How to Easily Include Women’s History in Your Morning Time
Including women’s history in our homeschool has always been a priority for me. I am very intentional about including fiction books with strong female characters as well as non-fiction titles about powerful women in our studies. I want both my sons and daughters to learn about the issues that women in particular have faced throughout history and continue to face today.
Reading well written and engaging literature in our Homeschool Morning Time has always been a natural way to learn about any topic, including women’s history. Thanks to Candlewick Press, finding quality books with strong females characters and powerful women in history is easy.
This was a sponsored post and I was compensated for my time. I was not required to write a positive review and all opinions are my own. Read my full disclosure here.
Our Homeschool Morning Time
Our school day begins with our HomeschoolMorning Time. Morning Time is a designated time for family learning that we have continued for years. It began when my kids were little, and we continue it to this day even in my house full of teens and tweens.
Granted, my oldest is rarely home with us because of her class schedule, but my 15, 13, and 10 year old kids always begin the day together. We start with current events, a read-aloud, and 1-2 other subjects ranging from poetry readings to art projects to geography activities.
Every day is a little different, but our Morning Time always includes great reading material.
What can I say? We are homeschoolers. We we can’t resist great books!
Learning Women’s History Through Literature
Our family has always enjoyed learning history through great literature.
In my experience, great literature makes history more engaging and memorable by connecting us to the stories and people of particular time periods. Whether it is historical fiction, non-fiction, or poetry, I am always looking for captivating literature for our Morning Time.
So I was thrilled to browse the Candlewick Books catalogue to find quality read-alouds for our Morning Time. In particular, I was super excited about all of the options for Women’s History.
Candlewick Books offers a wide selection of fiction books with compelling female characters as well as informative non-fiction books about strong women in history.
I had a great time filling our Morning Basket with new titles for the year.
Women’s History in Your Morning Time
The books we added to our Morning Time collection have not disappointed. I can already tell that some will be favorites for years to come. These titles have been a captivating start to our day!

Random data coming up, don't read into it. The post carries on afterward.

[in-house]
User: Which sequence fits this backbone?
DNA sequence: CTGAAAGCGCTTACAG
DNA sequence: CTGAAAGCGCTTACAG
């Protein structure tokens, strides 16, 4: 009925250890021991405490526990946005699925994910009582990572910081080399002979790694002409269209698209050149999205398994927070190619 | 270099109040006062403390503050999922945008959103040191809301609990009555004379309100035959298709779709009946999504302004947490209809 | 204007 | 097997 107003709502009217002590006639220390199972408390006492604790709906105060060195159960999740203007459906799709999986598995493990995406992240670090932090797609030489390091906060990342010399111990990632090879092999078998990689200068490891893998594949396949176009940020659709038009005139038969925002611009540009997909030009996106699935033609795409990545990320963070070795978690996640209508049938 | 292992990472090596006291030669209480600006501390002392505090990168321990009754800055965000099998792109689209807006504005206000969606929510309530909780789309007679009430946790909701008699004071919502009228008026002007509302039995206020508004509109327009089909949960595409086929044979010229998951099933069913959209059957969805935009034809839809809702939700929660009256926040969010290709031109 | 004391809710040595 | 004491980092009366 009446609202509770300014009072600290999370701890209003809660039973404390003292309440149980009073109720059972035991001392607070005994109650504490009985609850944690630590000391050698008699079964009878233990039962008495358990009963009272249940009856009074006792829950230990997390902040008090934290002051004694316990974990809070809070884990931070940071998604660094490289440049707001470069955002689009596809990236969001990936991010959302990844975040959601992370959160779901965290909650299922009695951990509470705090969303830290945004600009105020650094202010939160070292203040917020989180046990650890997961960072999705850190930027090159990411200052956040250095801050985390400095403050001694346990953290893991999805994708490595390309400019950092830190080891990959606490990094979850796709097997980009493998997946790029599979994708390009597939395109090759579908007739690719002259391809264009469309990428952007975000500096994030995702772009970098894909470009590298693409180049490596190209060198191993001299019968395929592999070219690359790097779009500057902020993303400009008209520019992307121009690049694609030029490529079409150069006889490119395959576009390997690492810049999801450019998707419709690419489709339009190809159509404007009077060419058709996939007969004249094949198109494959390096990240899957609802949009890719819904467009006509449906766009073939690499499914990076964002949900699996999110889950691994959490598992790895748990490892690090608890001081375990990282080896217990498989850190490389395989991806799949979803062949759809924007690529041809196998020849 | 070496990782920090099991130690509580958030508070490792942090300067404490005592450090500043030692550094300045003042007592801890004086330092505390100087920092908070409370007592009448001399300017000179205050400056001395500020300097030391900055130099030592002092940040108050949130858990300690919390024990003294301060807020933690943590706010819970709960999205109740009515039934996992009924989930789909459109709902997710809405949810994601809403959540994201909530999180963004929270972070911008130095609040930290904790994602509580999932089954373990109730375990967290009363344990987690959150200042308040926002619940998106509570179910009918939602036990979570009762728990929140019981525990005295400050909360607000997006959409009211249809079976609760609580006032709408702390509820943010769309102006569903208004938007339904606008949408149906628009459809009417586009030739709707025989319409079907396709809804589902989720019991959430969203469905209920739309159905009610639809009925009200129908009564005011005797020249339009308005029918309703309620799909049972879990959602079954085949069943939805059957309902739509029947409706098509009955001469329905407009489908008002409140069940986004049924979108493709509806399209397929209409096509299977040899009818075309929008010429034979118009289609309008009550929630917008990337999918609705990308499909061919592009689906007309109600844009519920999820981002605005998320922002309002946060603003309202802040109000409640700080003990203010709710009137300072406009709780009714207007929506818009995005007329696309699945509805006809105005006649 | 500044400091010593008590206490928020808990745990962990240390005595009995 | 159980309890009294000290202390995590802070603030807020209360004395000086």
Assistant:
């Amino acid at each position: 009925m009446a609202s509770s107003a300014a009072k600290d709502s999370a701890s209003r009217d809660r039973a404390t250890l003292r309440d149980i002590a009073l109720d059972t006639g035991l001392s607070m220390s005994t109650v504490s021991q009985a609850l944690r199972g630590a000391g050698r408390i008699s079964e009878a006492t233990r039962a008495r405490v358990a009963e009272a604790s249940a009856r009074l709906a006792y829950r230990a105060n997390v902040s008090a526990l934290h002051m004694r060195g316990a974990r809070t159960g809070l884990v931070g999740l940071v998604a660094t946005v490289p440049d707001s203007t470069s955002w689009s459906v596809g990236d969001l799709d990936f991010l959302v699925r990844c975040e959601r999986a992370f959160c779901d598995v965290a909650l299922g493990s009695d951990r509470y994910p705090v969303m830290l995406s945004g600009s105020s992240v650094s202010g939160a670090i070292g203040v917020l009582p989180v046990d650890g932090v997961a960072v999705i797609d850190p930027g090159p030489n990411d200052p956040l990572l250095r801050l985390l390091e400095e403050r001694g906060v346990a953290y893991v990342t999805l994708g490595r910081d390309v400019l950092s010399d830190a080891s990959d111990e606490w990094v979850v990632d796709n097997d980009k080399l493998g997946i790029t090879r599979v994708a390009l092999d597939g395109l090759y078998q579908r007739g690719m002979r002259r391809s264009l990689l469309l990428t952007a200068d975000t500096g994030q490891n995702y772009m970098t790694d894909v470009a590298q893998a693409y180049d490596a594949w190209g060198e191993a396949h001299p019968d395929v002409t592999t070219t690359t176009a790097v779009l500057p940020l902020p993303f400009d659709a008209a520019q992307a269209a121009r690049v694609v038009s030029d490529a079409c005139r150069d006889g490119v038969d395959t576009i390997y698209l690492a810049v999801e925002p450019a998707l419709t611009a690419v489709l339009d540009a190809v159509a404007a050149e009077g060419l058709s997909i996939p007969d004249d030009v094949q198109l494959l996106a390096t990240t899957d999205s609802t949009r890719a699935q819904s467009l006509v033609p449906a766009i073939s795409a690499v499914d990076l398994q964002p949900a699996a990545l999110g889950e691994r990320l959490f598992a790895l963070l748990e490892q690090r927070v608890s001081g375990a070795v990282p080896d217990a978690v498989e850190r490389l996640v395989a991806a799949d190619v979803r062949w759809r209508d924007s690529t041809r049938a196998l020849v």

And while I have enjoyed all of them, my current favorite one is at the end.
Women’s History: Historical Fiction Chapter Books
The most impressive thing about all of these historical fiction books from Candlewick Press is that they each introduced me to a brand new time event in history. After reading them, I was ready to dig in deeper and learn more with my kids.
Also, you might know this about me, but I love to celebrate books. And while I pull out all the stops at my book club celebrations, I also like to incorporate small activities, treats, and surprises during our Morning Time that reflect the books we are reading. Below, you’ll find a Morning Time Activity for each of these titles. These ideas are are simple ways to celebrate these books during your Morning Time.
The Red Ribbon by Lucy Adlington
Time Period: Poland, World War IIFeatured Historical Events: Life in a labor camp (Auschwitz-Birkenau) working as a seamstressAge recommendation: 12 years old and up
The Red Ribbon takes place in Auschwitz-Birkenau, a work camp, in Poland during WW2. Ella and Rose are young teens who are forced to be seamstresses in a tailoring program created by a commandant’s wife who wanted the prisoners to make her dresses. Historically he offical program
Did you know about this? Because I didn’t. And this book did a wonderful job of introducing me to these facts through the eyes of the two main characters, Ella and Rose.
Ella and Rose are wonderfully relatable characters, though their reactions to their situation are completely different. Through Rose we experience optimism and a free spirit depsite her understanding of the horrors around her. Ella, on the other hand, maintains a surivalist mentality and often denies the reality of her situation. Despite their differences they develop a close frienship and rely on one another for survival.
Without being overly descriptive of the horrors of a work camp, this book does speak to the realities and opens up a discussion. The focus of the story remains on the friendship between the teen girls who meet at camp and their relationships with the other women there.
Morning Time Fun: Set aside time to complete a sewing project together. A sock monkey has always been a hit with the teens and tweens in this house.
My Brigadista Year by Katherine Patterson
Time Period: 1961, Havana CubaFeatured Historical Events: Cuban Literacy Campaign to abolish illiteracy initiated by Fidel CastroAge recommendation: 10-14 years old
My Brigadista Year was an enlightening read that captured a rather unknown event in the history of Cuba, the Cuban Literacy Campaign. Shortly after Castro came to power, literate young Cubans from the larger cities were recurited, trained, and then transported to rural areas to live with local families. They were called brigadistas. The program successful raised the literacy rate from 60 to 96 percent in one year and the United Nations declared Cuba a “illiteracy-free” nation.Lora, the main character, is determined to become a brigadista, despite her parents’ concerns. Thanks to her grandmother, permission is granted for her to leave her sheltered life and pursue her goal of teaching fellow Cubans to read. This book is an informative coming-of-age story perfect for tweens and teens.